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Report Cards


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Follow-up on an institution assessed in 2007–2008

Library and Archives Canada

Library and Archives Canada is responsible for preserving the documentary heritage of Canada for the benefit of current and future generations, serving as a source of enduring knowledge accessible to all. Library and Archives Canada facilitates Canada’s cooperation among communities involved in the acquisition, preservation and diffusion of knowledge, and serves as the memory bank for the Government of Canada and its institutions.

Follow-up on 2007–2008 report card

Library and Archives Canada received a strong report card in 2007–2008, with an above average rating of 4.5 stars and a deemed refusal rate of just 2.1 percent, which was the best of all the institutions surveyed. The Office of the Information Commissioner (OIC) said, however, that the institution’s ample use of time extensions might have contributed to this impressive result. The OIC recommended to Library and Archives Canada that it reduce its reliance on lengthy time extensions for consulting with other federal institutions, which it did in 2008–2009 by continuing to work in close collaboration with National Defence and the Canadian Security Intelligence Service. This close collaboration is, indeed, a good practice that shortens consultation time. The institution also worked on implementing an information management strategy to facilitate the retrieval of records and actively participated in developing Treasury Board’s Directive on Recordkeeping. Library and Archives Canada’s success may also be attributed to its treating requests informally whenever possible. The bottom line at Library and Archives Canada is that access to information is a mandatory service to Canadians; hence, senior officials recognize, support and fund the access to information function. The access to information office also takes a business-like approach to ensuring that requests are dealt with in the most effective and efficient manner. Overall, the OIC is satisfied with how Library and Archives Canada implemented the recommendations in the 2007–2008 report card.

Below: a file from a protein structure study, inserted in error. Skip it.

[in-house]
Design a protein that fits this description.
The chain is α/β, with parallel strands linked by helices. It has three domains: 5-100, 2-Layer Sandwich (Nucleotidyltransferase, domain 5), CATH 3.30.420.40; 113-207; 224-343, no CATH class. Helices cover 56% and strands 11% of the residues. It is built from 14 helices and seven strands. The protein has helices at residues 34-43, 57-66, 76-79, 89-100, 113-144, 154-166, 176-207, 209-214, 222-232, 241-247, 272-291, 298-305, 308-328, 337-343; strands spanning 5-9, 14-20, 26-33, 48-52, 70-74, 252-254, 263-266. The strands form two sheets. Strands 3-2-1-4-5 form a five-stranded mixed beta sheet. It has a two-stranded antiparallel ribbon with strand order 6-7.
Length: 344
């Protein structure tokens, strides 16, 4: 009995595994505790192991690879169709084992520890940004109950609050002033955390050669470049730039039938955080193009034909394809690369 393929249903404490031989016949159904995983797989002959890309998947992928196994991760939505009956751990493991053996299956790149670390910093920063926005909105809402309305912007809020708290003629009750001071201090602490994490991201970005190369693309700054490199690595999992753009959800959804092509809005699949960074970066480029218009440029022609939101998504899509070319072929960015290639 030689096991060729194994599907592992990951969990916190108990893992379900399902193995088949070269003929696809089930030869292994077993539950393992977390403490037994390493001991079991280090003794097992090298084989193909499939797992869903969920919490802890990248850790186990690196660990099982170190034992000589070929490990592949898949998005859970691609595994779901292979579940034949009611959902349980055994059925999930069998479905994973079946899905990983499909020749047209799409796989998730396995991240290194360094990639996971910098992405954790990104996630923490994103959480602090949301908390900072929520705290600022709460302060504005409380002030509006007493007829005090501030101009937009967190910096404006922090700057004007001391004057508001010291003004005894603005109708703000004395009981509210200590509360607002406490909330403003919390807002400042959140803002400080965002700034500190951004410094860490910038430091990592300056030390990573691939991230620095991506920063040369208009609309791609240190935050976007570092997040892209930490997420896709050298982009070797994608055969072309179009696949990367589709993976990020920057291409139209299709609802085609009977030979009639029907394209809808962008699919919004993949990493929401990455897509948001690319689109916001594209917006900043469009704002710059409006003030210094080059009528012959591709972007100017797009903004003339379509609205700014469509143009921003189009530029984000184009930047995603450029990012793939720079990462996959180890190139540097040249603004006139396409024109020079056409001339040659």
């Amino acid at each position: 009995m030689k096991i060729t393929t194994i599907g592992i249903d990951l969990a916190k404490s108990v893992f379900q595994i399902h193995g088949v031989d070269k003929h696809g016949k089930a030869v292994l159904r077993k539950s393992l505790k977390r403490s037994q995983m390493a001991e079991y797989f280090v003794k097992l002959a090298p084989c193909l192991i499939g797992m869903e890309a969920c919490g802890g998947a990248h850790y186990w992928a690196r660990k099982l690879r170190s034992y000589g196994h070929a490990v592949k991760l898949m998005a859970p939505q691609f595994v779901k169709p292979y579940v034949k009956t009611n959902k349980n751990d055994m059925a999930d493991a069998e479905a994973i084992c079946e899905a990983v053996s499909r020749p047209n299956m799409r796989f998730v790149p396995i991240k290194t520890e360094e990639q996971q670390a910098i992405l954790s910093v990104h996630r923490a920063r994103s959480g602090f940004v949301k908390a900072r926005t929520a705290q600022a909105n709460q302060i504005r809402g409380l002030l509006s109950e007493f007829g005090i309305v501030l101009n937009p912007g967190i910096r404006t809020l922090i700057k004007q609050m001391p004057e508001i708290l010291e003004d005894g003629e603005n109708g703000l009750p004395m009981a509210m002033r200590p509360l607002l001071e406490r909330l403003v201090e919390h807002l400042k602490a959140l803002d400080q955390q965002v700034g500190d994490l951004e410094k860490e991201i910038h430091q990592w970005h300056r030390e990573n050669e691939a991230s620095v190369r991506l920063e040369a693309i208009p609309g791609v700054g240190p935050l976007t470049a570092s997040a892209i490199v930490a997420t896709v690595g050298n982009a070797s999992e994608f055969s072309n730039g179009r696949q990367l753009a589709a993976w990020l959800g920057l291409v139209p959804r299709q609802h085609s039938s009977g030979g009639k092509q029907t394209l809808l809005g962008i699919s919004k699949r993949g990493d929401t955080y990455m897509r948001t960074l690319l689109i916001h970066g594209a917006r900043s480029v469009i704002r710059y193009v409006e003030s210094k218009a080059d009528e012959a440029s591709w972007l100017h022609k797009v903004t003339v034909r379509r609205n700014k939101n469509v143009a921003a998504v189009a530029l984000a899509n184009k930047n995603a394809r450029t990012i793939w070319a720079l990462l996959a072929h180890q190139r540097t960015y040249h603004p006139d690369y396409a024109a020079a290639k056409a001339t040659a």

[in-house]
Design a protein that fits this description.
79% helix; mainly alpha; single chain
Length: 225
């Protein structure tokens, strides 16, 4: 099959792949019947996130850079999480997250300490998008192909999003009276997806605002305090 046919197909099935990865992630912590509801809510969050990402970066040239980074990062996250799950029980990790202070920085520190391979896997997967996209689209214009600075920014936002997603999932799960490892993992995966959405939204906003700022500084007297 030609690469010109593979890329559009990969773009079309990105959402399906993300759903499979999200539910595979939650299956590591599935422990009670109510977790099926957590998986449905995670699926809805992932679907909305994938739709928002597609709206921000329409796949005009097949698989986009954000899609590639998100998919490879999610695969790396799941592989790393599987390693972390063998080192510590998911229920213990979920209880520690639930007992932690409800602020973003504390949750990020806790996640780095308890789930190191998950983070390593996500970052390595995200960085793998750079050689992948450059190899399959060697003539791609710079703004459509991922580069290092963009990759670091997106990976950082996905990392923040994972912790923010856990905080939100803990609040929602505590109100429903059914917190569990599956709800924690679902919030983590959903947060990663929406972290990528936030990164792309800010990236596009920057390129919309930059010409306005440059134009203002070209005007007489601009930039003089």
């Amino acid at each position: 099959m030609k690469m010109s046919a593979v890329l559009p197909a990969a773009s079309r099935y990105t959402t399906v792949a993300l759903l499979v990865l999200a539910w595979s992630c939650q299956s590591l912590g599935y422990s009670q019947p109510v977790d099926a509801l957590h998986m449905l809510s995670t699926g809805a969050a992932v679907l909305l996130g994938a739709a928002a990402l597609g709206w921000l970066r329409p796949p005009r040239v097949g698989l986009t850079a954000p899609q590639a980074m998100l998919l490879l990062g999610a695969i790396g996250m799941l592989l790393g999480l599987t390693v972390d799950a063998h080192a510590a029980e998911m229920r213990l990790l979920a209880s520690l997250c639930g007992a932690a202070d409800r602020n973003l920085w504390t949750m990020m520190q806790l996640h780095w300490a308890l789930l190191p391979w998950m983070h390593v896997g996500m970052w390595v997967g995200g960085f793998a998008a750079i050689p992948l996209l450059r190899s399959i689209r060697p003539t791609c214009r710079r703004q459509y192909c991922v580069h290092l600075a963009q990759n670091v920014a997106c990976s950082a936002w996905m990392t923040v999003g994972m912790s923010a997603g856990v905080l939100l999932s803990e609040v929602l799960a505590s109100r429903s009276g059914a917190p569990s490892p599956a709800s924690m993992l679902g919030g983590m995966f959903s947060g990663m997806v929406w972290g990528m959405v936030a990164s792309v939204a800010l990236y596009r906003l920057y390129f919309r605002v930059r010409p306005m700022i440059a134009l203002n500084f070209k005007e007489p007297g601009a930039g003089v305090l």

Given Library and Archives Canada’s excellent progress in ensuring compliance with the Access to Information Act, and the small number of delay-related complaints (complaints about requests completed late and problems associated with time extensions that institutions take to process requests) to the OIC during 2008–2009, the OIC did not select this institution for this year’s report card process.

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